If their employers have their way, college teachers will soon vote on what is being called their final offer.
Ontario’s College Compensation and Appointments Council has asked the Ontario Labour Relations Board (OLRB) to step in and arrange the vote. However, the date of the ballot has not yet been decided.
The request comes just one day after the Ontario Public Service Employees Union (OPSEU) set a strike date of February 11.
OPSEU represents about 9,000 teachers at the province’s 24 colleges.
Last week, the Council put the deal on the table, but OPSEU shot down the offer without taking it to a vote.
Just over half – 57 per cent – of teachers voted in favour of a strike mandate earlier this month.
“The proposed collective agreement provides fair and reasonable improvements and is one that we hope faculty will support,” said Dr. Rachael Donovan, chair of the colleges’ bargaining team.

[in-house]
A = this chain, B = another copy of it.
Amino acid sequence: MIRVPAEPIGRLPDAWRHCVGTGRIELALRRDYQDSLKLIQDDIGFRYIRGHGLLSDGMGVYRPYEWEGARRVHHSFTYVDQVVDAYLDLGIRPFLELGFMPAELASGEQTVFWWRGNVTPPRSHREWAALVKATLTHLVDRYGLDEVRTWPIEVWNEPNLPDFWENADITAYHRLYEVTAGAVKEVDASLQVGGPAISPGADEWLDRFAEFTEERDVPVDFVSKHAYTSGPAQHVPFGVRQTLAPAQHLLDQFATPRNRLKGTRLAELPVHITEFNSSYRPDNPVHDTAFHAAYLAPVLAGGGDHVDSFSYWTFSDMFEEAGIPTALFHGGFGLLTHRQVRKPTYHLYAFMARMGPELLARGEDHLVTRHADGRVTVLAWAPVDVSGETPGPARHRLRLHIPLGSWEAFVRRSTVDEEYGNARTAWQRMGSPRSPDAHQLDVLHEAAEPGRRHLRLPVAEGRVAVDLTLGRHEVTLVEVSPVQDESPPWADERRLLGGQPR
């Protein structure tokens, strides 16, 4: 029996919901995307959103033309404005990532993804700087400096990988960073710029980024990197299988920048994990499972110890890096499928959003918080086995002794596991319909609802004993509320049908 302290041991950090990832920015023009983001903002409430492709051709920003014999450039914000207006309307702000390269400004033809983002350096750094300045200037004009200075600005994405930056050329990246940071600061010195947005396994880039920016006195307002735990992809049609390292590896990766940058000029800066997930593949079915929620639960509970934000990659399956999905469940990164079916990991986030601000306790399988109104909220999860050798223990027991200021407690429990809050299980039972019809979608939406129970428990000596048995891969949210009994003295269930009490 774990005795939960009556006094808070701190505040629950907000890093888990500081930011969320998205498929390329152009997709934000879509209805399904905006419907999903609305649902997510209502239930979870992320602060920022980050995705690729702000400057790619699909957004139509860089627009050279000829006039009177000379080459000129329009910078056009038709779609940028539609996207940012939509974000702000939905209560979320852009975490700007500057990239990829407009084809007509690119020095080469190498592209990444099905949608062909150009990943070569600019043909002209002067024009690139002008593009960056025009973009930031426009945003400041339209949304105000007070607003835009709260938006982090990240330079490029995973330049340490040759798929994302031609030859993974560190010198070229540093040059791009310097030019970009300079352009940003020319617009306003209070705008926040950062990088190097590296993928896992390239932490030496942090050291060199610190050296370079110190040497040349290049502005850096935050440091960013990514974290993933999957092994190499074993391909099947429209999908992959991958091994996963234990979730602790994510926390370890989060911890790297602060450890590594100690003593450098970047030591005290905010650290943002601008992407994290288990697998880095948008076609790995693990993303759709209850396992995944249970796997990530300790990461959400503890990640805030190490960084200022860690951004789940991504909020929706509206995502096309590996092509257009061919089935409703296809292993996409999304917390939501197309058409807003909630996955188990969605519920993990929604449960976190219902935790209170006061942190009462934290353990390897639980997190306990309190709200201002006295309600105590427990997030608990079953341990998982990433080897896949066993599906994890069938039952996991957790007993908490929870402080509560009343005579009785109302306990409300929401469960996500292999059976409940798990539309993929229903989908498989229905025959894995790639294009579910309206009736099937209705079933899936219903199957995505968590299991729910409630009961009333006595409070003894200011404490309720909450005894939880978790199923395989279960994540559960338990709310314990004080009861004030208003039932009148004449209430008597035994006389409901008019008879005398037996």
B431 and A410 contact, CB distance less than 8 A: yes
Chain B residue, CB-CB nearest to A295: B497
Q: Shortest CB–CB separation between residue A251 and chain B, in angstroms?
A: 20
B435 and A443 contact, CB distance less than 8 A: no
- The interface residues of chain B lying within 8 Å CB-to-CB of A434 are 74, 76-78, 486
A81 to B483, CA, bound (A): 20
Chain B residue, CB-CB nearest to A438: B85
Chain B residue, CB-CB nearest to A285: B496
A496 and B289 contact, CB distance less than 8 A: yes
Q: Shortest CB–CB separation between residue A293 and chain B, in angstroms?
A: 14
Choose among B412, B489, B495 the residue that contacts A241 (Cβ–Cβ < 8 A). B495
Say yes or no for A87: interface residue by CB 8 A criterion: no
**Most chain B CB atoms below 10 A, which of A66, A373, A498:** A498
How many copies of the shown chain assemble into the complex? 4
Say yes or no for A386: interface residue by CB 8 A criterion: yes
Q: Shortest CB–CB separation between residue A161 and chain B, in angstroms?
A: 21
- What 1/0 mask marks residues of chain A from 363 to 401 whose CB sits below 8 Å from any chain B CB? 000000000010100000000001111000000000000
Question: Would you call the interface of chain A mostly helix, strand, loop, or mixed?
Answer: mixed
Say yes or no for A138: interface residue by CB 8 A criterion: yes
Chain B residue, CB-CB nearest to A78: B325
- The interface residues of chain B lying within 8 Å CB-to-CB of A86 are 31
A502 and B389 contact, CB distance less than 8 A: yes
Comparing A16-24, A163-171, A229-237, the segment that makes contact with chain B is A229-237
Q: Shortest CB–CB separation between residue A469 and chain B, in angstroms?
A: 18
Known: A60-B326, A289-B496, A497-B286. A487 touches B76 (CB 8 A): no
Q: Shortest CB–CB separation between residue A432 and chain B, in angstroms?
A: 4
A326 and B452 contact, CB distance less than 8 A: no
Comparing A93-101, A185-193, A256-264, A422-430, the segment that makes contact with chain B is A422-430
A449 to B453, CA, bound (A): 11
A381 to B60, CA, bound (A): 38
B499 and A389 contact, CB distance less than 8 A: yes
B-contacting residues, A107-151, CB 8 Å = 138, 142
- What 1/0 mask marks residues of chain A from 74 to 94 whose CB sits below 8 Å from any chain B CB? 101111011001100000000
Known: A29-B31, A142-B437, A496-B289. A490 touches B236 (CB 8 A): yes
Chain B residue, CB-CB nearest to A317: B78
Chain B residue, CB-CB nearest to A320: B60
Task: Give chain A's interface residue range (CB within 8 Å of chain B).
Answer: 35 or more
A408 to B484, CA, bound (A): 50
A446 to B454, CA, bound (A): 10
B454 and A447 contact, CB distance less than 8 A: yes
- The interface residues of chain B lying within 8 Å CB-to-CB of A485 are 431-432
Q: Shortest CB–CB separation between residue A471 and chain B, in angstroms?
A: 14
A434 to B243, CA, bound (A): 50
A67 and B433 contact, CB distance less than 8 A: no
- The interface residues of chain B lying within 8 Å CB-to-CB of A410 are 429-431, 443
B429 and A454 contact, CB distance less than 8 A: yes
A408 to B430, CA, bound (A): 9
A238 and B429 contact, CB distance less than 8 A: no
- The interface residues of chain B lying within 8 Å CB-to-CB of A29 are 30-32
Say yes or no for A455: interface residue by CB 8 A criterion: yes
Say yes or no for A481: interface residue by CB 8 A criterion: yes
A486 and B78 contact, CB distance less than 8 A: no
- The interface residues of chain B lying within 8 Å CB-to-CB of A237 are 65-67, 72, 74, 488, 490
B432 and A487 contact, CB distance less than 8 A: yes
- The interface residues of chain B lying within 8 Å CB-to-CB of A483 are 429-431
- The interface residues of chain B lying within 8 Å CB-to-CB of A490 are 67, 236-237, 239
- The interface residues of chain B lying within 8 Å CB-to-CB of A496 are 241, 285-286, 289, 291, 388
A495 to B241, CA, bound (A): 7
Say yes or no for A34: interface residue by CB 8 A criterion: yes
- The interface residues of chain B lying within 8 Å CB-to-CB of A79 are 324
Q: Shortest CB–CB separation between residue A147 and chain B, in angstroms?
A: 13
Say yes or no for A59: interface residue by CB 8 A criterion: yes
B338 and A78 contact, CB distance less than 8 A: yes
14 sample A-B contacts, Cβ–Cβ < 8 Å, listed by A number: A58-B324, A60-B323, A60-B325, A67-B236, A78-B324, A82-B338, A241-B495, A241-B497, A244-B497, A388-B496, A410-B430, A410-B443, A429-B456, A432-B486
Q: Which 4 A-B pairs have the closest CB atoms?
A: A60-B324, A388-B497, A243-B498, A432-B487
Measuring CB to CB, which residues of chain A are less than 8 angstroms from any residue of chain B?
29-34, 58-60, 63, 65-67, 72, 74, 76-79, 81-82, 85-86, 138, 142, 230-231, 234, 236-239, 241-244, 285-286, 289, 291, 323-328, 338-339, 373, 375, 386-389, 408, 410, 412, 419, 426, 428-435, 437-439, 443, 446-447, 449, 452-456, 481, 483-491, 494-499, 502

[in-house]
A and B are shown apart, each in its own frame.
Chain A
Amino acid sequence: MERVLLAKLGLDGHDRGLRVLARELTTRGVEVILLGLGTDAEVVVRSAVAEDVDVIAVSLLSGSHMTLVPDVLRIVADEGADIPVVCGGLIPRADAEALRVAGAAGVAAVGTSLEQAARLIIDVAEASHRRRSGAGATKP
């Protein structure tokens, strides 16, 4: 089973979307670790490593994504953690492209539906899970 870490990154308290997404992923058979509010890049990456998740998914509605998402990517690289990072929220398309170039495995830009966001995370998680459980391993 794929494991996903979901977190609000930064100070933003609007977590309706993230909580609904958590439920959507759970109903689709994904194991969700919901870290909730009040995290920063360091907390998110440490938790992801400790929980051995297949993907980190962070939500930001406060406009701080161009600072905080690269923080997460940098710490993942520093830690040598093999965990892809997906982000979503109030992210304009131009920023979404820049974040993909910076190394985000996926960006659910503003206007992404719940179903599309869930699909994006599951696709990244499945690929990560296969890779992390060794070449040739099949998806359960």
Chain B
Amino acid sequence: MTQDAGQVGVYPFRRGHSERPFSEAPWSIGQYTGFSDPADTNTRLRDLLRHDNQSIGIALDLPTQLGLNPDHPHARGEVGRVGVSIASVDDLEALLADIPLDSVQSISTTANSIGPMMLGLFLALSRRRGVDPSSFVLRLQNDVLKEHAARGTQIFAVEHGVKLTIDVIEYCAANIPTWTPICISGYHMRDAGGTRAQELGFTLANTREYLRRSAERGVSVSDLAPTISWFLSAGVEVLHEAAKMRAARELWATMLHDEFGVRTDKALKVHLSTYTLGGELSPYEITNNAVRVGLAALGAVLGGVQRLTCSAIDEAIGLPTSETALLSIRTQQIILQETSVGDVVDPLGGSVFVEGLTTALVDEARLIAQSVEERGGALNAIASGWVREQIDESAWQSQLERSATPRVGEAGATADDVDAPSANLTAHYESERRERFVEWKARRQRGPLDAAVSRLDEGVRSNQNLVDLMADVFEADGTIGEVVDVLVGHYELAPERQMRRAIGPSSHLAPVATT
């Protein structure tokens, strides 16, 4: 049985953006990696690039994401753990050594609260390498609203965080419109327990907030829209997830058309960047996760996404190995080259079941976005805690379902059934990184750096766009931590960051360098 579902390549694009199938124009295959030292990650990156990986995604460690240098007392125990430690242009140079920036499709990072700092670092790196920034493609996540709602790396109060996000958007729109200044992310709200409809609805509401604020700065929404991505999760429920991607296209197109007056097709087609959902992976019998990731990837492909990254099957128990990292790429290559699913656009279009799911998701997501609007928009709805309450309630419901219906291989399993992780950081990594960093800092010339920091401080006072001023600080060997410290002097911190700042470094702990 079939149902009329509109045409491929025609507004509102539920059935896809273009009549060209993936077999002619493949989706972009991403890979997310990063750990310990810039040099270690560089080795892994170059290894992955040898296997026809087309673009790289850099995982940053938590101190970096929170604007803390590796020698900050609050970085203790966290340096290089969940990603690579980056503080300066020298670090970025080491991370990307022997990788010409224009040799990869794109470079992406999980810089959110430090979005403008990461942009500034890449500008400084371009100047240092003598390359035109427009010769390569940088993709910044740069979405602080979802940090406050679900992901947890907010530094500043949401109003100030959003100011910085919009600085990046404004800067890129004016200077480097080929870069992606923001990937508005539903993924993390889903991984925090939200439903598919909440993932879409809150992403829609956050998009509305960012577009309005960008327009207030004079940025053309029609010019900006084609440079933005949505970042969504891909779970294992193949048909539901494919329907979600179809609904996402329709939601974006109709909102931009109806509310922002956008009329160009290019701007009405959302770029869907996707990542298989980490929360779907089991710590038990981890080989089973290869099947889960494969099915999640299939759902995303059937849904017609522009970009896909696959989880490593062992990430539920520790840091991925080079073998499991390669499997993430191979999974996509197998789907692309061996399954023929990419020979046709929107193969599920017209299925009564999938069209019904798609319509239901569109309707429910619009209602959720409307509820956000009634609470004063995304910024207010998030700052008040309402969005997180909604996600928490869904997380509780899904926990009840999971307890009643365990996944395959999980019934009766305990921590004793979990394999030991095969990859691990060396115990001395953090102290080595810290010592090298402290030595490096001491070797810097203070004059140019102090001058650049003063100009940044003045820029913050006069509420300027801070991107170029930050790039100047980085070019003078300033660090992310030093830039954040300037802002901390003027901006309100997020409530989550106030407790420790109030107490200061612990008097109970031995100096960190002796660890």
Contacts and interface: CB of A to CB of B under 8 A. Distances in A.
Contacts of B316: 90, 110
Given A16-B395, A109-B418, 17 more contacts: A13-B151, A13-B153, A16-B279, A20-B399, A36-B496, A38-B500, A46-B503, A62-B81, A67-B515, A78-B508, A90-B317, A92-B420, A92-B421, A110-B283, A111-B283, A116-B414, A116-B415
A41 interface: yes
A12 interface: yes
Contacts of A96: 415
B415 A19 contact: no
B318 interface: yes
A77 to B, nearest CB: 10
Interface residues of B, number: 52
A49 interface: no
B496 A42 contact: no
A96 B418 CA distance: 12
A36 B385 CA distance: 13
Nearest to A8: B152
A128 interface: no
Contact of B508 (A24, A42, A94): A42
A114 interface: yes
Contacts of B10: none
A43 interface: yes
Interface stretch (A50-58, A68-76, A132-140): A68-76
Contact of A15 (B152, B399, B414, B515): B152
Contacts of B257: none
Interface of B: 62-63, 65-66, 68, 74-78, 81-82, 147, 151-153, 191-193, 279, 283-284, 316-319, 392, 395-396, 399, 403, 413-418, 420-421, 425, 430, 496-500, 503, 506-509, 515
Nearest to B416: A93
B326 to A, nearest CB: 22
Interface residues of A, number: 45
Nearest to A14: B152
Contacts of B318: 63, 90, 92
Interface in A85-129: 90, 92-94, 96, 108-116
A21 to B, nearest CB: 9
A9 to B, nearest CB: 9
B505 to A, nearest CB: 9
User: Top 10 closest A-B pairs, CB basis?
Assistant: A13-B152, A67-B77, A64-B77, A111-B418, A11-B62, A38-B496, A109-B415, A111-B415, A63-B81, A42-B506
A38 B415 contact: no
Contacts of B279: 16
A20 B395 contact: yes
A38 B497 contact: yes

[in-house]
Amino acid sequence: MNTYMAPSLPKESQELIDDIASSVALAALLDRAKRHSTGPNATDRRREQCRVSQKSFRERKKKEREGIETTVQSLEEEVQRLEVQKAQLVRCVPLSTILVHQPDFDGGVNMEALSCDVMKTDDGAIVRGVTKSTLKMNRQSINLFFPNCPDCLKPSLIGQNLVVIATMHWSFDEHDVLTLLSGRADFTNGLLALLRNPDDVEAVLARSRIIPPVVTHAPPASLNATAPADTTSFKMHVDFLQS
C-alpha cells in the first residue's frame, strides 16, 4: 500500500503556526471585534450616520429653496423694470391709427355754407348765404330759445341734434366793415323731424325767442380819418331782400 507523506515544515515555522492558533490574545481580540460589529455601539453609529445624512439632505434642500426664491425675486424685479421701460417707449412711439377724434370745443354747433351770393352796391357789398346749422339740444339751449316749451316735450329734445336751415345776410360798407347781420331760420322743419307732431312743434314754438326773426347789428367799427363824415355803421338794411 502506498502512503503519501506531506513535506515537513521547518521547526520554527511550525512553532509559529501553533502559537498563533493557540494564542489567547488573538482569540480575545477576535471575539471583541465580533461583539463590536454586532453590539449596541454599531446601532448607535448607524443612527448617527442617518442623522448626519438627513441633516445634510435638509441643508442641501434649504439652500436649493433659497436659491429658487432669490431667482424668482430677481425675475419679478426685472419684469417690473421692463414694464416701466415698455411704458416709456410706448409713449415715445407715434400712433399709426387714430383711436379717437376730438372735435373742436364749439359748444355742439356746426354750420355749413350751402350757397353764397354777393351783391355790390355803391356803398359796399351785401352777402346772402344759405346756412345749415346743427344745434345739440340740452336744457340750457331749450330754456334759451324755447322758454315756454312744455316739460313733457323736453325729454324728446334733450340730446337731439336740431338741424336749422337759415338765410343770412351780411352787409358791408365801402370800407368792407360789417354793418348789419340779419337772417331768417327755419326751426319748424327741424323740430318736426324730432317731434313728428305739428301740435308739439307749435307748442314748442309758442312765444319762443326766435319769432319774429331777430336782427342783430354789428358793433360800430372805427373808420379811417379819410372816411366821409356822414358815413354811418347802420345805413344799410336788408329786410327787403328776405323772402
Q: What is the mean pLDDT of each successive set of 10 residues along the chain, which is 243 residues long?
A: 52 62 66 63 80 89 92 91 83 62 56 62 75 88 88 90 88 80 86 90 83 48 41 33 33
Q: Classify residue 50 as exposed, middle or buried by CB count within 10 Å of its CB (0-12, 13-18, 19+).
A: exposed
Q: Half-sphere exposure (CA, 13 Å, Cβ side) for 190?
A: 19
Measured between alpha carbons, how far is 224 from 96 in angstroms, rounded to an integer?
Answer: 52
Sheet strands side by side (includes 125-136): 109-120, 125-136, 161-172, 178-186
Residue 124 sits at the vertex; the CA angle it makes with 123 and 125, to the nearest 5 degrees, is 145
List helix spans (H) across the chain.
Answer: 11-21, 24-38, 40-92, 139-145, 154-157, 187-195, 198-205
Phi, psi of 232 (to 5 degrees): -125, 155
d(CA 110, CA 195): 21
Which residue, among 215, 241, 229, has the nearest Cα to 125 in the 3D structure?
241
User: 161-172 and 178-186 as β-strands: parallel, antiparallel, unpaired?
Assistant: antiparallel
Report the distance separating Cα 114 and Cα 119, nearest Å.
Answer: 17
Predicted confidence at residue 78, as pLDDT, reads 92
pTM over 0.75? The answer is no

“If the majority of faculty votes in favour of the final offer, there will be a full collective agreement in place, the strike will be avoided, and we can all focus our attention on our students and their success.”
The chair of the union, meanwhile, said on Tuesday that he had always been open to a free vote.
“All along, the Colleges had the legal right to present their offer to our members,” Ted Montgomery said in a press release.
“They claimed that we were preventing our members from voting. Nothing is further from the truth. In actual fact, the employer had this option all along, but for some reason refused to do it and blamed the union instead.”
Earlier, Montgomery had said the union is willing to send all outstanding issues to binding arbitration if a settlement cannot be reached.
OPSEU is recommending its member vote ‘no.’
The colleges’ final offer is a three-year deal that includes:
- 5.9 per cent salary increase
- new maximum salary of $102,186 by September 1, 2011 – an increase of approximately $5,650 over the previous collective agreement maximum
- workload protections contained in the last collective agreement are enhanced based on the recommendations of the Joint Workload Taskforce.